OpenEdition Books – With a combination of generous discretionary and endowment funds, the Library was able to acquire the complete ebook catalogue of this open access book initiative based at Université d’Aix-Marseille. We now have enhanced and permanent access to more than 2700 open access books (most in French but also in Italian, Spanish and Portuguese) that can be read in four different formats (epub, pdf, html, or reader) from prestigious academic presses like CNRS Éditions, Presses Universitaires de Rennes, and l’École française de Rome. We have also have become partners in an acquisitions policy that both supports sustainable development of OA and that respects the needs of teaching, research and learning communities.
OpenEdition Journals – Also known as Revues.org, the Library has purchased permanent access to the 140 journals available through OpenEdition’s freemium model, eliminating moving walls and gaining similar formats enhancements as the ebooks. Representative titles include Arzanà: Cahiers de littérature médiévale italienne, Cahiers d’études romanes, Flaubert: Revue critique et génétique, and L’Atelier du Centre de recherches historiques.
Ebooks on Casalini’s Torrossa platform – Besides the Italian ebooks the Library receives through its subscription to Editoria Italiana Online, we added 200 additional titles last spring. Casalini Libri also unveiled a new reader in July which greatly improves the readability (especially on smartphones and tablets) of the near 2500 titles in Berkeley’s collection of Italian ebooks.
Kanopy and the Media Resources Center – New films and documentaries in the Romance Languages from not only Europe but also Africa and Latin America are regularly added to this online streaming service. Beginning this semester, check-out periods for DVDs and VHS tapes from the MRC will be extended to 7 days for faculty, lecturers and graduate student instructors!
The Library has a trial of the digitized version of English Historical Documents through August 31, 2016.
Key features of English Historical Documents Online include:
- Instant access to over 5,000 historical documents
- Highly discoverable content through Quick, Advanced and Faceted search
- Search refinement through adding and removing search filters directly on the results page
- Explore content by Date, Historiography and Historical methods, Population and environment, Society, Economic affairs and technology, Intellectual, cultural and the arts, Religious belief, practice and organization, Politics, administration and law, Military, Foreign affairs, Status entries and Source types
- Personalized login for individual users: bookmark entries, and save and manage searches
- Download, print, share and citation tools
Please use the following to view the FAQ: http://www.englishhistoricaldocuments.com/help-and-information/faqs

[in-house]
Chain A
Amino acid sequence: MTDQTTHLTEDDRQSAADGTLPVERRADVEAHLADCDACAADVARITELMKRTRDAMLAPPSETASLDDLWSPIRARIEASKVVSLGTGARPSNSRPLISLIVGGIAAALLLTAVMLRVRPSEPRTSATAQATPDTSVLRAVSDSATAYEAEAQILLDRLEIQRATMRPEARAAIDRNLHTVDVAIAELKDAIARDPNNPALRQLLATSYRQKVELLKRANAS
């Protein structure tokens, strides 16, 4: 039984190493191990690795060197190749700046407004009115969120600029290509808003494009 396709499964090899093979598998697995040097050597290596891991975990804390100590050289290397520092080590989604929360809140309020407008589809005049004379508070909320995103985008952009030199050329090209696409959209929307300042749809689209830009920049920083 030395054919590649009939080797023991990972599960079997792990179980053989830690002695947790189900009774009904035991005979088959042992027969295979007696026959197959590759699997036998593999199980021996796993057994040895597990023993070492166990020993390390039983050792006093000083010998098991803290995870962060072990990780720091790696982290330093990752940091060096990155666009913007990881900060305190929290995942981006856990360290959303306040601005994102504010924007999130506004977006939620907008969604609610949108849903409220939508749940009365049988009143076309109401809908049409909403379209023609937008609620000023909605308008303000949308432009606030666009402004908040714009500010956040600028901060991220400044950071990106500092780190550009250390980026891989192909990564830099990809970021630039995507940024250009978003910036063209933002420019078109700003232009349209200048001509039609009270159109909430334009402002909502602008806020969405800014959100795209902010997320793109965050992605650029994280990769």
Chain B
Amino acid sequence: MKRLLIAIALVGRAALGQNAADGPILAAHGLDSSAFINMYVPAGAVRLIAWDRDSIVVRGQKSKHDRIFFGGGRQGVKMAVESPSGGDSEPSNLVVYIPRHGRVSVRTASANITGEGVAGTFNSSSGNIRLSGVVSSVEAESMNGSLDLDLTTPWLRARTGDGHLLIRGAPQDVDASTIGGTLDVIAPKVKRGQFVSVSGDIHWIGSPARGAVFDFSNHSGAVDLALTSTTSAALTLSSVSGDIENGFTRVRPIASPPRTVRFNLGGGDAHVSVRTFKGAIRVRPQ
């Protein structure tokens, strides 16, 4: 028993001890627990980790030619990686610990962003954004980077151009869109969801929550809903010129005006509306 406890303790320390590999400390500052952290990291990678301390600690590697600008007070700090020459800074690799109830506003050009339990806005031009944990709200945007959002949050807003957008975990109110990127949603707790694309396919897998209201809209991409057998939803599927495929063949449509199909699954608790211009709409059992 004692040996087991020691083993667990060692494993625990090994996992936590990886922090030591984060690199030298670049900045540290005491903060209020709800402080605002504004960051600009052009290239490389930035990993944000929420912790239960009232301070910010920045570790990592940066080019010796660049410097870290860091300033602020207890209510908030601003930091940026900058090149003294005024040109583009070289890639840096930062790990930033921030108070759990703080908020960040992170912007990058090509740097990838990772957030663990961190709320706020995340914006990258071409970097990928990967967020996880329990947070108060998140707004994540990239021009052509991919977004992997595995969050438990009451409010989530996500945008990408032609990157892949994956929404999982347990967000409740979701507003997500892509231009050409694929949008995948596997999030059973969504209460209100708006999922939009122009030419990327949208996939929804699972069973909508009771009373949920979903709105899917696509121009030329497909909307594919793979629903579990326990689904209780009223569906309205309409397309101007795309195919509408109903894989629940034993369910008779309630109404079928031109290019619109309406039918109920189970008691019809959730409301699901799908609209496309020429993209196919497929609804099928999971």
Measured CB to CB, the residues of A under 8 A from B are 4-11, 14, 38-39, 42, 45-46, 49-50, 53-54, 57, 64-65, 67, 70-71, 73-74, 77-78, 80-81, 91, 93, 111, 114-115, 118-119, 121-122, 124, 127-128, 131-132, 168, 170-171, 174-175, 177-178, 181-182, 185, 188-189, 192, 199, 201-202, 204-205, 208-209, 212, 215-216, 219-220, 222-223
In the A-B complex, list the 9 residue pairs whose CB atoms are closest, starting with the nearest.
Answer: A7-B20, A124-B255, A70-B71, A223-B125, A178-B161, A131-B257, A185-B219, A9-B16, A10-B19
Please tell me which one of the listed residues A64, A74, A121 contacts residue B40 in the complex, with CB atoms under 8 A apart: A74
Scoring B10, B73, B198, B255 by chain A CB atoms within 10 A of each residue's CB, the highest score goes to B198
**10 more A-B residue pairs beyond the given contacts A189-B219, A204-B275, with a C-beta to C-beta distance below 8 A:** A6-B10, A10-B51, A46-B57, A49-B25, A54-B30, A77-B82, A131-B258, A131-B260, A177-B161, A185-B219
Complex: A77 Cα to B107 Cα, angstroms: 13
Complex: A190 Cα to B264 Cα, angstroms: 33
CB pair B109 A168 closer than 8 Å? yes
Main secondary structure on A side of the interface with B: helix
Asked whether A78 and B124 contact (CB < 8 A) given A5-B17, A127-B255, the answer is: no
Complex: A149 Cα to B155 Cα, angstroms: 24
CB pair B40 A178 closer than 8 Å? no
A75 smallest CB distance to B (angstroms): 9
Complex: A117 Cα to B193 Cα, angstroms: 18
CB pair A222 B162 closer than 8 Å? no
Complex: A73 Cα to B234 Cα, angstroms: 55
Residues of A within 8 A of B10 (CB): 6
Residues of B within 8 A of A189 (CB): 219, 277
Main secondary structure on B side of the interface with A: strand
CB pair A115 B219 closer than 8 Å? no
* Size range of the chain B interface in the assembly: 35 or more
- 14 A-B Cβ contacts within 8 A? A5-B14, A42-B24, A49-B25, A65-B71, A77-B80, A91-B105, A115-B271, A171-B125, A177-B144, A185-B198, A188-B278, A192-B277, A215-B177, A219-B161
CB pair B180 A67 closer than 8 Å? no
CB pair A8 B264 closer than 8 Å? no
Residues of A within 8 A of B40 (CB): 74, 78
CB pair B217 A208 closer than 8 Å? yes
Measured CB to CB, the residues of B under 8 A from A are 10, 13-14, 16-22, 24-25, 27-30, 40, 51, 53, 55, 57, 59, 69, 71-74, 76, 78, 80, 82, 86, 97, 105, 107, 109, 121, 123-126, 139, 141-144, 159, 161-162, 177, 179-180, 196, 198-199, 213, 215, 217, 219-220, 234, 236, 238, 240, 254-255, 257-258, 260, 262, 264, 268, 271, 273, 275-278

Exhibit – Multimedia | March 11 – September 2, 2016 | Doe Library, Bernice Layne Brown Gallery
OPENING SYMPOSIUM – A Round Table Discussion
Friday, March 11 from 10am to 12:30pm, BIDS (Doe 190)
OPENING RECEPTION with poet Amaranth Borsuk and writer Doménico Chiappe
Friday, March 11, 2016, 5:30pm, Morrison Library
The exhibition No Legacy || Literatura electrónica (NL||LE) presents a collection of works of digital literature in Spanish, Portuguese, Catalan, and English alongside print works of the 20th-century avant-garde. It gathers an unprecedented team of collaborators from across the UC Berkeley campus (the University Library, the Department of Spanish and Portuguese, the Institute of European Studies, and the Berkeley Center for New Media) as well as national and international partners to showcase the impact of technology on literary production in the 21st-century networked world.
Electronic literature, or e-lit, refers to works that utilize computers and other digital media in creative literary ways. Examples include hypertext or interactive fiction, digital poetry, narrative generators, Twitter bots, augmented reality texts, iPad applications, etc. Meant to be read on computers and other devices, electronic literary works reveal new ideas about literary and media developments while inviting interaction with readers. The characteristics of e-lit pose challenges for writers, scholars, and curators when issues like software and hardware obsolescence and preservation come to the forefront. Exhibits like NL||LE have become an ideal medium of projection for this kind of literary expression.
NL||LE brings forth the historical dimension of e-lit works. Reading a work online with a shiny new computer or tablet makes it easy to forget that what one is seeing might be a legacy work from the early 1990s. Only two decades ago, computation and devices were drastically different. Their affordances in terms of graphics, speed, memory as well as the fact that the Internet did not exist yet have influenced the way these pieces were created and read. By incorporating vintage computers in the exhibit, the NL||LE team highlights the historical grounding of the works. Claude Potts, Romance Languages Librarian at UC Berkeley, has furthered the temporality of the project by assembling more than fifty print works that inform the creation and reading of the digital pieces. Exhibition design and fabrication was done by students in a Berkeley Center for New Media seminar taught by Stephanie Lie.